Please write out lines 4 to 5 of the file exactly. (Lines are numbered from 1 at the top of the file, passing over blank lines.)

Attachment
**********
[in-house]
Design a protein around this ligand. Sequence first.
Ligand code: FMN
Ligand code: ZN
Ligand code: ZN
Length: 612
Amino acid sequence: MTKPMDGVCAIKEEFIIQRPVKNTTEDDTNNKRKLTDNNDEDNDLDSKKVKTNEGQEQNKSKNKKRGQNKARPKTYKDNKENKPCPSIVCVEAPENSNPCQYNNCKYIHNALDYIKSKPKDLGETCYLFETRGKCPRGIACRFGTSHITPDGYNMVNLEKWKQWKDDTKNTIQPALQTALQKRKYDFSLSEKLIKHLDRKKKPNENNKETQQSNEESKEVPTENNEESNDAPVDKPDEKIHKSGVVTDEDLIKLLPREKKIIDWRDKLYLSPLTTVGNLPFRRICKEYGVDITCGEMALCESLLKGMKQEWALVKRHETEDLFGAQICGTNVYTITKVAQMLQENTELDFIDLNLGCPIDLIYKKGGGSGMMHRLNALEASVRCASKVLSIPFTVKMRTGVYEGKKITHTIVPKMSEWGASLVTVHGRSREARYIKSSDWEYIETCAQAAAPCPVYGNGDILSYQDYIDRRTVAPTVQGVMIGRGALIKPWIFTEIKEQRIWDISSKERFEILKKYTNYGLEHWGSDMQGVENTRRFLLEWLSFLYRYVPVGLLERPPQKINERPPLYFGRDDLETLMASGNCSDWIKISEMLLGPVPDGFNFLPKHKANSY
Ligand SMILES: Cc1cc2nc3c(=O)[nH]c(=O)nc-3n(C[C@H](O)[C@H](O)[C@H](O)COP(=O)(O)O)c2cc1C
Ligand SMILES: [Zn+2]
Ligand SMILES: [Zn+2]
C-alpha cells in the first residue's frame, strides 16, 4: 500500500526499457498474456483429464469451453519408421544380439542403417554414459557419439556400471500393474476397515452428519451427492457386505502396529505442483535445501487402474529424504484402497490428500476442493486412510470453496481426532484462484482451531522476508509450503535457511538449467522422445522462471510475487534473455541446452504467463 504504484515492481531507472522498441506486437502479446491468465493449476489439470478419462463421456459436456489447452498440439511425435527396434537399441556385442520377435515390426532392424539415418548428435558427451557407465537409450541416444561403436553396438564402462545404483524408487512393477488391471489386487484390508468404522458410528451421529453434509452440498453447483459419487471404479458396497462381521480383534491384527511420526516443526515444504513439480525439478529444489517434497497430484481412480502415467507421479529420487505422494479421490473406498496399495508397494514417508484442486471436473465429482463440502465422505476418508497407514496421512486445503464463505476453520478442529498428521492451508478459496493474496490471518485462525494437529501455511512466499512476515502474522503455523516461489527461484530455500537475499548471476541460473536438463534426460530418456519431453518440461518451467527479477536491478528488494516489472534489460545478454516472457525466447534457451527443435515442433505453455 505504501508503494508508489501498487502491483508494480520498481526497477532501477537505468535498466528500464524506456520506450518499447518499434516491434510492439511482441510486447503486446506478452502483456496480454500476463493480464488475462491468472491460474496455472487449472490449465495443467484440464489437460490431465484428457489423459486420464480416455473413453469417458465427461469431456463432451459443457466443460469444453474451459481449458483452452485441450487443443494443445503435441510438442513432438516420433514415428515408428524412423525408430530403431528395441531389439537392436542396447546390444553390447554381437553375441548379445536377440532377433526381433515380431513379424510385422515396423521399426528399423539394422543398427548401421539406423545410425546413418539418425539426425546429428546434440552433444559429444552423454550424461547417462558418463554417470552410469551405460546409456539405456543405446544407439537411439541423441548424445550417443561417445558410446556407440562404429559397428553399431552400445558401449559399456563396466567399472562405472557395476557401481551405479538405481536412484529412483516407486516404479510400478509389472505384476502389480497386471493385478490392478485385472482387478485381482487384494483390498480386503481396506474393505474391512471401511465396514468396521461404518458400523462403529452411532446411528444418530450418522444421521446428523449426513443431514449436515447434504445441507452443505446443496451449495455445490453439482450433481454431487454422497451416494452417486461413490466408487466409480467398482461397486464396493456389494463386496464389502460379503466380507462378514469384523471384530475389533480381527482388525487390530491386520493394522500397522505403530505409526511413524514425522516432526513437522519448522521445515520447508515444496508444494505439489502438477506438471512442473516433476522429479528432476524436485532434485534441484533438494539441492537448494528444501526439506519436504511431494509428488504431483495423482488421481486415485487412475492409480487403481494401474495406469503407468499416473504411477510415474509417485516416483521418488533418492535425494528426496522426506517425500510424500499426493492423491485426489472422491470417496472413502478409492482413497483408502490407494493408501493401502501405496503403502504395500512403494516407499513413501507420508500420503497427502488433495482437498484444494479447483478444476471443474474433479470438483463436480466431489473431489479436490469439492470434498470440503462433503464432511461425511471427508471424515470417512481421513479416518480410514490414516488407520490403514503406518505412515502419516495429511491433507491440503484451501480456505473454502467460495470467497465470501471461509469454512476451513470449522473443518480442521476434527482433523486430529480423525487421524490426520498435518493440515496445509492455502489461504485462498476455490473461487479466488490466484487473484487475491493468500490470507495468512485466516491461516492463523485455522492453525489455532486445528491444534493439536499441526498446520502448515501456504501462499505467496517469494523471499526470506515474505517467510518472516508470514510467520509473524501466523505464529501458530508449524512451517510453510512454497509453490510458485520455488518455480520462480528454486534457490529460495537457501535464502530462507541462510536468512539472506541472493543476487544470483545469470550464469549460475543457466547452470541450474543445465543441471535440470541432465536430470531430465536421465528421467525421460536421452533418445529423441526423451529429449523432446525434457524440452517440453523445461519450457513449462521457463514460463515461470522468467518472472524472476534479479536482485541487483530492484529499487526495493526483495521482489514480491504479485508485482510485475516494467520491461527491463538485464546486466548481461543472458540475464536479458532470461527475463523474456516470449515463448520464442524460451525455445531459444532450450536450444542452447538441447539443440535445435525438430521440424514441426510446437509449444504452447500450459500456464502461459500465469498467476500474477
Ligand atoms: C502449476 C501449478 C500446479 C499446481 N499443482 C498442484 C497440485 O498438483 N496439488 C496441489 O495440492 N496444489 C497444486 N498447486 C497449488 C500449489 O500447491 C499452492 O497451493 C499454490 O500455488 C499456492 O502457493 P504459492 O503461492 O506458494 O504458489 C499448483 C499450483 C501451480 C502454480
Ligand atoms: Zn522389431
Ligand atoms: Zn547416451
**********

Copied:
Ligand code: ZN
Ligand code: ZN